The Government has ruled out retaliation. The ban was imposed yesterday by a Malaysia increasingly annoyed at coverage by the British news media of the Pergau dam project and links between aid and arms deals. Last night Mahathir Mohamad, the Malaysian Prime Minister, accused the media of having a 'colonial attitude that all Asians are corrupt and can be bought'.
He said it was up to the British media what happened next. 'If they keep on like this, there will be no more contracts for British firms.' For the time being, he said, those contracts that are committed will continue, but those still being processed will stop.
The Foreign Office yesterday abandoned plans to send Sir David Gillmore, Head of the Diplomatic Service, to Kuala Lumpur to repair the damage, after being warned by British diplomats in Malaysia that it would do more harm than good.
A Whitehall source said: 'We think it is best to let them think what they have done, that they have made their point and, hopefully, it will come right. We are riding out the storm, until the dust settles a bit.'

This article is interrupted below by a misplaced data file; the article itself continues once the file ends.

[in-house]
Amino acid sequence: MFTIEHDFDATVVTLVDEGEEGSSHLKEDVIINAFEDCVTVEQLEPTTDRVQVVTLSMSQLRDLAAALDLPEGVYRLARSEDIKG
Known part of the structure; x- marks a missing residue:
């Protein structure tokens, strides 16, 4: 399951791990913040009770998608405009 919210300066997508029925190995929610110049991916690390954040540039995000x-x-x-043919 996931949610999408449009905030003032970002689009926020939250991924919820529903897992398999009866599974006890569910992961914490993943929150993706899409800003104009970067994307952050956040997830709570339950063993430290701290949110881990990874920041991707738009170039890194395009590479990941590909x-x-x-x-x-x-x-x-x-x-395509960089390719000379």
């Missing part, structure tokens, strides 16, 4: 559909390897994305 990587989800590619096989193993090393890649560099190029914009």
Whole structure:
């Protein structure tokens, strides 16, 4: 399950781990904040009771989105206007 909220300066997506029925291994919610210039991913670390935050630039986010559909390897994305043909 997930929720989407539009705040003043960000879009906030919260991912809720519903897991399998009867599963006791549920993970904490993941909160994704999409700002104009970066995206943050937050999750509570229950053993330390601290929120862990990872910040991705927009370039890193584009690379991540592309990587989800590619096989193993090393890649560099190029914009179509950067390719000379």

Any diplomatic offensive would also have been undermined by further Commons investigations next week into the Pergau dam affair.
Douglas Hurd, the Foreign Secretary, who is to be questioned over his decision to approve pounds 234m aid for the project, said yesterday: 'It is clear . . . they are acting because of frustration and anger at some British press reports and comments. But, of course, they are hitting at the wrong target. The British companies and the workers are not responsible for press reports or the hostile comments of Labour politicians.'
However, the Foreign Secretary added fuel to the allegations that the Pergau aid was given in return for arms contracts. He said arms and aid were 'entangled' for a few months in 1988, when Baroness Thatcher signed the deal with Dr Mahathir. Mr Hurd has previously denied any formal link between the aid and a pounds 1bn defence deal.Reuse content